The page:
I do dislike the term 'commercial' when used in connection with lawn sprinkler equipment. Either something is reliable or it isn't. It happens that a PGP has the same internal construction as the I-20, stainless steel or no, so I just use the PGP. I don't lose any sleep charging $25 for a PGP, since they list for more than twenty. My 'praise' for the outrageous price quote was entirely sardonic.

One possibility exists for a person being quoted eighty bucks for a I-20, and that is that the person receiving the outrageous quote is a royal pain in the a$$, and is basically being told to go bother someone else.

But that's just a possibility. An incompetent price-gouging repair guy could also be a possibilty. Professionals aren't going to praise or protect them. They aren't going to teach you their trade, either, so don't bother asking. Avail yourself of what is already on the internet, and proceed from there. Having declared yourself as not trusting anyone in the sprinkler repair biz is not going to get you much in the way of advice from professionals.

Tom

Supreme Member

16

Sunday, May 7th 2006, 5:11am

i like sprinkler guys response, concise and to the point.


Tom

Supreme Member

17

Sunday, May 7th 2006, 5:15am

hey wetboots and sprinkler guy, when is the next, "professional irrigation system servicers and installers association" meeting?


Tom

Supreme Member

18

Sunday, May 7th 2006, 5:28am

hey rtswis you sound like one of those guys that likes to do all the repair stuff around your house- and thats awesome, I do the same thing around mine.

But, don't get pissed off when you discover the "sprinkler repair guy" is actually making a living off the jobs he does- and you figure out you could have done the job yourself for much less. I'm sure the other guys on this site like myself get tired of customers wanting a repair made the same day they call and actually have the nerve to bitch about the price we charge. If you get a high price, call someone else!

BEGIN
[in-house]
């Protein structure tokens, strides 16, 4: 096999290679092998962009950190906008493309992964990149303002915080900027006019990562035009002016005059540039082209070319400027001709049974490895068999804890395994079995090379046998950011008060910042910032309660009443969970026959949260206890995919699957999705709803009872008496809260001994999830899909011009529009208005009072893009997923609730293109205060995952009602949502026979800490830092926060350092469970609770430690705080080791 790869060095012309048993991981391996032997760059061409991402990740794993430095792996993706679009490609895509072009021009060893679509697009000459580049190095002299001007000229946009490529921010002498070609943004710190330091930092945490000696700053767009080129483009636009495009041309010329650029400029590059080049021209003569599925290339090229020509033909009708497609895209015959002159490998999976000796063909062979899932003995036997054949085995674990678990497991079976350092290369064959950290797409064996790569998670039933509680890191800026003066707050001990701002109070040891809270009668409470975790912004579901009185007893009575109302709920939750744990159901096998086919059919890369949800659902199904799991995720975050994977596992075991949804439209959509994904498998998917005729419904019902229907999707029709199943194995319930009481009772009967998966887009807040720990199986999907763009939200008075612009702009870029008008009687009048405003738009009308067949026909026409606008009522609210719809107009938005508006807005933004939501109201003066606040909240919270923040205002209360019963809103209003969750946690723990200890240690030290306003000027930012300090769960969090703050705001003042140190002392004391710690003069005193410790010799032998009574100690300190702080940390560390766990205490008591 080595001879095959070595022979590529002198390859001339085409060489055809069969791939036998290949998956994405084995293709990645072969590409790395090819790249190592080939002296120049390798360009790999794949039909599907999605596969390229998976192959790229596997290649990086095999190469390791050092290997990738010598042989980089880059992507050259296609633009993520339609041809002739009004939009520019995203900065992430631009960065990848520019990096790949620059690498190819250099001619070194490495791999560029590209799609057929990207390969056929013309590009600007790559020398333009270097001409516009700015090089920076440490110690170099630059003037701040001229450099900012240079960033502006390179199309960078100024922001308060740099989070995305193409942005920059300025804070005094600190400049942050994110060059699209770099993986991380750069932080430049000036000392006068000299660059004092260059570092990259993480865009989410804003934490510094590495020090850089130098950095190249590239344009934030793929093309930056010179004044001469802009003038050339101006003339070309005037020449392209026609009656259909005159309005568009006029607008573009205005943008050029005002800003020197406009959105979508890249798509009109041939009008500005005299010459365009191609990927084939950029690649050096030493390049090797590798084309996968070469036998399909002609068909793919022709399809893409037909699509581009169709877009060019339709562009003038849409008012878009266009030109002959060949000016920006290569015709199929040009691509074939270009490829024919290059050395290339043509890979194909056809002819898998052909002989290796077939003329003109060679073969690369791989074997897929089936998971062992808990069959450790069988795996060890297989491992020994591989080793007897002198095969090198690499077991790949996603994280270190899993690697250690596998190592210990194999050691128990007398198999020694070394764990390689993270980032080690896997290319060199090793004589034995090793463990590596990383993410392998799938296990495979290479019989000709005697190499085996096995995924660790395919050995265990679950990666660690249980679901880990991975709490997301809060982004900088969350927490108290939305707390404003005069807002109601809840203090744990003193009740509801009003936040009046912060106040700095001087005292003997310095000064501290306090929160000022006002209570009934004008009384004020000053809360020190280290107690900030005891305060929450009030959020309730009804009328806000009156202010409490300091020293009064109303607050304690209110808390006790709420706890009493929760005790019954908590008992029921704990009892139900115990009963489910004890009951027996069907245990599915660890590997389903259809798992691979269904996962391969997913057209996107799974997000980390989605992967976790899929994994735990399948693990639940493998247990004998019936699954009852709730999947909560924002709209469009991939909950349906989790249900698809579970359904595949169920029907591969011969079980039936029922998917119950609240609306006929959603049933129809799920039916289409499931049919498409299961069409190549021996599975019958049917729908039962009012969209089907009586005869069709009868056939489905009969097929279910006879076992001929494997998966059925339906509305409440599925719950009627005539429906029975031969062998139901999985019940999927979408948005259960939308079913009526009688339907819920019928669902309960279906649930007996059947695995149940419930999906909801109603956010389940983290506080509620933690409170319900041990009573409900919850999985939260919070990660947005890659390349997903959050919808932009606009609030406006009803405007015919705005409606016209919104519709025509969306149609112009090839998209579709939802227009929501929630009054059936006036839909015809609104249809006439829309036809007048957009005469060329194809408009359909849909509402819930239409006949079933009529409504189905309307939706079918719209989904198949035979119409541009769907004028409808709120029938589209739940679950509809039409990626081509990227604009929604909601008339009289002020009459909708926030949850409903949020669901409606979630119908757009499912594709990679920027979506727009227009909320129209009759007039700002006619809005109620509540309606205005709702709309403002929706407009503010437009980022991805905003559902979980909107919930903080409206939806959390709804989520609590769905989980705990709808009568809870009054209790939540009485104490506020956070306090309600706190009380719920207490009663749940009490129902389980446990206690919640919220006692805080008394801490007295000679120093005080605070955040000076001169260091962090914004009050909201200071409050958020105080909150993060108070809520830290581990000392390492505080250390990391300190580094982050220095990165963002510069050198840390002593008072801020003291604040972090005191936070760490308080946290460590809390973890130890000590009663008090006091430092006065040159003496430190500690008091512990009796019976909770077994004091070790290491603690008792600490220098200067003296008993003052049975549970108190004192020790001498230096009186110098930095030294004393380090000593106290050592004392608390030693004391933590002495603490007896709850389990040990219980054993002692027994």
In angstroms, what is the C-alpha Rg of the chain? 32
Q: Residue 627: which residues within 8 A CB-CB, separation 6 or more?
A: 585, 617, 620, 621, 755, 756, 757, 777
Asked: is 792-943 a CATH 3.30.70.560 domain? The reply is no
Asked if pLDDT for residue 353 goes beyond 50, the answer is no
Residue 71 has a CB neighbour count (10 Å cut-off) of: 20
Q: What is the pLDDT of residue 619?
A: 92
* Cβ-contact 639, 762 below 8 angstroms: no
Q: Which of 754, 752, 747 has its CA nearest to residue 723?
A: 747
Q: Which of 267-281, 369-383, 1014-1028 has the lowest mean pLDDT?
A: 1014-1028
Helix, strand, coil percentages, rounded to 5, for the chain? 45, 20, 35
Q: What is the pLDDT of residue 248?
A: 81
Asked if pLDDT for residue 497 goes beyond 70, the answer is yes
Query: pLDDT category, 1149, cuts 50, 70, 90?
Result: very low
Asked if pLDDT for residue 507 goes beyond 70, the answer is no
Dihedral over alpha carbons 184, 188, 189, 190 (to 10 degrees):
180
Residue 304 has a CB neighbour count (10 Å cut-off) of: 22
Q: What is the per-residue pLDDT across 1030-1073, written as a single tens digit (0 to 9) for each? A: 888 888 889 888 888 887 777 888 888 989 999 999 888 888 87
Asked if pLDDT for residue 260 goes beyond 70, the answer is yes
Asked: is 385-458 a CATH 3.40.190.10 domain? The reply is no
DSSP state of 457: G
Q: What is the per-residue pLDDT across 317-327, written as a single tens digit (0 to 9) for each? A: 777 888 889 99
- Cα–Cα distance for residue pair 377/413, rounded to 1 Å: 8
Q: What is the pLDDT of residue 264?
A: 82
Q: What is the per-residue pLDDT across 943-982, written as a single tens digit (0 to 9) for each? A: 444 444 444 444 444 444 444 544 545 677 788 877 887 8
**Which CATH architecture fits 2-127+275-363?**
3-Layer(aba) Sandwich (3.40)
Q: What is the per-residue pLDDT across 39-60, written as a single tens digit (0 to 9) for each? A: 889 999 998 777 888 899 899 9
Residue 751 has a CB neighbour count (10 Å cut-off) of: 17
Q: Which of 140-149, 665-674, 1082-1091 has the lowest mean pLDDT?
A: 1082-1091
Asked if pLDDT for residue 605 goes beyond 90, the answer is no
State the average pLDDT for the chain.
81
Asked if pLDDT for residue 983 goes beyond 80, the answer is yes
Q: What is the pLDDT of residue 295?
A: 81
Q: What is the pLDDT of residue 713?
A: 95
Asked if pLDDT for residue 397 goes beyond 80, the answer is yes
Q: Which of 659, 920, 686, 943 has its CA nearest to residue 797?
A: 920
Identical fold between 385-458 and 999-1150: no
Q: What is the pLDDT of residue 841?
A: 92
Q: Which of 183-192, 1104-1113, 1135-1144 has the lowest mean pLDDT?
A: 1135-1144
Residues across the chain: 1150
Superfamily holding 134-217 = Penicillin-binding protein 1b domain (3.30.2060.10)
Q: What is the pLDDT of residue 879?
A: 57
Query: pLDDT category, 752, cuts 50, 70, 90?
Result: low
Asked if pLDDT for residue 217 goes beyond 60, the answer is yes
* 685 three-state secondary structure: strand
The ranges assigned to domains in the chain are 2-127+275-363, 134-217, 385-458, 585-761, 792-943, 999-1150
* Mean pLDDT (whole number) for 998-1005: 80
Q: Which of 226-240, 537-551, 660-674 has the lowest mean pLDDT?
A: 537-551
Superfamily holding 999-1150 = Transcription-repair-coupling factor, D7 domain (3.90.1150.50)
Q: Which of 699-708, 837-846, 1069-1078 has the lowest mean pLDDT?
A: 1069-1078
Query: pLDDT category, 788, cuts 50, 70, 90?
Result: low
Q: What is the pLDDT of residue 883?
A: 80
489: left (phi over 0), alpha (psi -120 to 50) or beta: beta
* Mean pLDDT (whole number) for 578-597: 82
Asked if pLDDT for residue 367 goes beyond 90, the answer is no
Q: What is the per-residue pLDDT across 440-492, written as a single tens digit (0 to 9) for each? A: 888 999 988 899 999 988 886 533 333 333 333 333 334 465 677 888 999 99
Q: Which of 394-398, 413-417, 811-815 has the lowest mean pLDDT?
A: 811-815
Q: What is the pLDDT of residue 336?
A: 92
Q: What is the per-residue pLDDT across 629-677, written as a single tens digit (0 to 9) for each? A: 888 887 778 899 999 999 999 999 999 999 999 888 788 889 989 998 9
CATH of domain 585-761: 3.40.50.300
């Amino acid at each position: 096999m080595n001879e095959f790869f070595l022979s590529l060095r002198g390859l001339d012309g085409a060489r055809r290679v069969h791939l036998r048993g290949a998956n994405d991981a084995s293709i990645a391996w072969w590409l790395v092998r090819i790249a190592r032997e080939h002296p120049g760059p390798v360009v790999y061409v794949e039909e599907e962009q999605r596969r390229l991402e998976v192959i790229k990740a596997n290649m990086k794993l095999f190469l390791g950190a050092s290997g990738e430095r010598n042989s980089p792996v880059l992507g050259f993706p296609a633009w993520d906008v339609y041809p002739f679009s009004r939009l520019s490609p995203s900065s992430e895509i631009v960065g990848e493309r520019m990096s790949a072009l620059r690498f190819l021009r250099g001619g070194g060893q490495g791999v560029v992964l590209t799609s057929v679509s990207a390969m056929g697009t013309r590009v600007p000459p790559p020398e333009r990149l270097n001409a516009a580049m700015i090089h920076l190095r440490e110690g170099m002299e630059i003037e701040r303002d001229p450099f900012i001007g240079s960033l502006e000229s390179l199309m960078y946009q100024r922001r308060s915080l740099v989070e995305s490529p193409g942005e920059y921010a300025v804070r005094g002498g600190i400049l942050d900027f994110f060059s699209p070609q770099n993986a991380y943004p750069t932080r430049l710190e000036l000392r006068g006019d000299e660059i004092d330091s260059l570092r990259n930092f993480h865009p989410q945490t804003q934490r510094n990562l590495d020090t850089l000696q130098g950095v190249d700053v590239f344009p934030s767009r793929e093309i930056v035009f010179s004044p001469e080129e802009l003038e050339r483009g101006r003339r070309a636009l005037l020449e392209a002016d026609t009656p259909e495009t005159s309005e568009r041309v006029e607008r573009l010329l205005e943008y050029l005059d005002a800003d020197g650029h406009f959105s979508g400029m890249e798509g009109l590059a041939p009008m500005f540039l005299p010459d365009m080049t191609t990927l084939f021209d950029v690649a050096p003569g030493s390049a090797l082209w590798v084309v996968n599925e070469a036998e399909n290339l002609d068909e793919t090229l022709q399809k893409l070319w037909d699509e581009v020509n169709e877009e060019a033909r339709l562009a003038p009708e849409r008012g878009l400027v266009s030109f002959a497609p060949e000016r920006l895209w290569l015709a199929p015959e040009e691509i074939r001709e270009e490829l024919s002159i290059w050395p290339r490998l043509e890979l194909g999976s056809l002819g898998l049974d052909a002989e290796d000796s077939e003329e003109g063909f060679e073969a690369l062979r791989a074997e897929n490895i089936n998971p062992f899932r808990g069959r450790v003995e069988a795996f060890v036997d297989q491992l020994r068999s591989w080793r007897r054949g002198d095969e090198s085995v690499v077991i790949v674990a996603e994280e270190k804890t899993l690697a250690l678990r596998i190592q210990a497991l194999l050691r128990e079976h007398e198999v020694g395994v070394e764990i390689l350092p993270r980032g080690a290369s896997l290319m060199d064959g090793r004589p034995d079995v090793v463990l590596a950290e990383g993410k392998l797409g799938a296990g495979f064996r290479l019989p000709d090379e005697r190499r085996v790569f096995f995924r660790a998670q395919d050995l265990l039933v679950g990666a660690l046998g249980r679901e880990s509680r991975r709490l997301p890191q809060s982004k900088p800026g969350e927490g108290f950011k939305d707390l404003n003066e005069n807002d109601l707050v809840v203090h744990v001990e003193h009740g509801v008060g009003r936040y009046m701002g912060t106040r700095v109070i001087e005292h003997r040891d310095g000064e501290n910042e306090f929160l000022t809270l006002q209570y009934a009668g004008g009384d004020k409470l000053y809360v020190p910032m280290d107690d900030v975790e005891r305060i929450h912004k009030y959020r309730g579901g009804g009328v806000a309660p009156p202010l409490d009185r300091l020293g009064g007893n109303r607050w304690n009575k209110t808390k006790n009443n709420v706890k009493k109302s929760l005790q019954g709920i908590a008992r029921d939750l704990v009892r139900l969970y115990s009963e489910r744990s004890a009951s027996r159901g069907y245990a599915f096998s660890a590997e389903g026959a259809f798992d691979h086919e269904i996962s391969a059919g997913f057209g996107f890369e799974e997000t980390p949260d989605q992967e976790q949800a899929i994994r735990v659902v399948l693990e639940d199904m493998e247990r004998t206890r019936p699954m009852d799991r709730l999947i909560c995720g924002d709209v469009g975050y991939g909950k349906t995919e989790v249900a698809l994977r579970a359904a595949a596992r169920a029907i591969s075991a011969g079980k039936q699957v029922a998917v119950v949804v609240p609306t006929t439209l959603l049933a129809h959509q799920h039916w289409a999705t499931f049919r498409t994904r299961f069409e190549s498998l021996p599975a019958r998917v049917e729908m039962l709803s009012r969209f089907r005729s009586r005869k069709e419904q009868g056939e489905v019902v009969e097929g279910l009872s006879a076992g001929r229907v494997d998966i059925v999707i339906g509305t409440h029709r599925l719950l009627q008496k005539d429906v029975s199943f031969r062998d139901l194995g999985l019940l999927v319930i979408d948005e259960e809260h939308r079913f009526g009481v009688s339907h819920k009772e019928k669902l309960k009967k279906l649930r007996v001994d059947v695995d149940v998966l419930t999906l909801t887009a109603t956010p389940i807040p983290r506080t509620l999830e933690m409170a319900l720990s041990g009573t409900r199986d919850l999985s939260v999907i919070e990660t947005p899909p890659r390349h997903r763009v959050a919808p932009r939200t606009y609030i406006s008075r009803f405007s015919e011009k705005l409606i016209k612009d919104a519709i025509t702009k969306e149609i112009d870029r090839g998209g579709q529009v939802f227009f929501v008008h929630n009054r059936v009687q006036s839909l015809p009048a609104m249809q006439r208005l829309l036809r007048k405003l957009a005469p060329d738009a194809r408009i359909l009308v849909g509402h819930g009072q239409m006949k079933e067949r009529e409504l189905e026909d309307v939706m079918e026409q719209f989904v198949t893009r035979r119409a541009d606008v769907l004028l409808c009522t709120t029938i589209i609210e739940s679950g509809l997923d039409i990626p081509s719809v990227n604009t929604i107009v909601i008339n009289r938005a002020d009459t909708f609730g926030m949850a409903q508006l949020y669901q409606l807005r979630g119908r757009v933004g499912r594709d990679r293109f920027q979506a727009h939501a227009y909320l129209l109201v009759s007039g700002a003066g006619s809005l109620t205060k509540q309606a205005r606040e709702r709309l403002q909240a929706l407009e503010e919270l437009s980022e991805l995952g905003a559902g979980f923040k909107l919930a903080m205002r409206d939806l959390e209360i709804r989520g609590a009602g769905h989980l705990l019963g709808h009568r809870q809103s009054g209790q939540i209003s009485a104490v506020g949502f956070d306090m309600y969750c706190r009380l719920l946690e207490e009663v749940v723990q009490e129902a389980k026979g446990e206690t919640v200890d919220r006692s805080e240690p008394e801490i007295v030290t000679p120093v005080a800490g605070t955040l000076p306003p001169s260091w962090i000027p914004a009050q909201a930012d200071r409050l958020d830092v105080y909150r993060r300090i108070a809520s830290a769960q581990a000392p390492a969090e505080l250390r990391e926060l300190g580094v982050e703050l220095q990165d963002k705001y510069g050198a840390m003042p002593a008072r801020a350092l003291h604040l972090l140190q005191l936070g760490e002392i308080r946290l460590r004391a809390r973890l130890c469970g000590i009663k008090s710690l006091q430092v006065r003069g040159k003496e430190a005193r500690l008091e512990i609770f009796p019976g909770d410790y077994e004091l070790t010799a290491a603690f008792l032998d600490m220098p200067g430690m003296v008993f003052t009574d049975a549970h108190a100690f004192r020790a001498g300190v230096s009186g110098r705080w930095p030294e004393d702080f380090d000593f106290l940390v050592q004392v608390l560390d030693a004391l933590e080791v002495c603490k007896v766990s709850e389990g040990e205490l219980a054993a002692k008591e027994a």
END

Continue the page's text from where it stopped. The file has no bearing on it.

19

Tuesday, May 9th 2006, 12:02pm

Quoted

<i>Originally posted by Tom</i>
<br />hey rtswis you sound like one of those guys that likes to do all the repair stuff around your house- and thats awesome, I do the same thing around mine.

But, don't get pissed off when you discover the "sprinkler repair guy" is actually making a living off the jobs he does- and you figure out you could have done the job yourself for much less. I'm sure the other guys on this site like myself get tired of customers wanting a repair made the same day they call and actually have the nerve to bitch about the price we charge. If you get a high price, call someone else!

Quoted




Tom and Others, I think you guys have missed the Boat on this and all these Posts. this is a Forum to help others not run them down.
IF YOU GIVE GOOD ENOUGH <font color="red"></font id="red">HELPFUL<font color="red"></font id="red"> INFORMATION YOU WILL HELP YOUR INDUSTRY AND EVERY ONE ELSE WILL WANT TO HIRE YOU OR OTHERS LIKE YOU IN THEIR OWN TOWN! LET THE HOME OWNER TRY HIS LUCK AT IT AND THEN THEY WILL COME BACK TO YOU FOR HELP AFTER THEY HAVE FAILED AND WILL BE WILLING TO PAY THROUGH THE NOSE, AT THAT POINT!!!!!
LISTENING TO THESE POSTS I WOULDN'T WANT TO HIRE ANY OF YOU.
BESIDES I DO ALL MY OWN WORK TOO LIKE "rtswis" FOR JUST THIS REASON.
LATER....
MUCH LATER

[:D]

Wet_Boots

Supreme Member

Posts: 4,080

Location: Metro NYC

20

Tuesday, May 9th 2006, 5:06pm

So, mister do-all-your-own-work, tell the nice man how to fix sprinklers. He's waiting.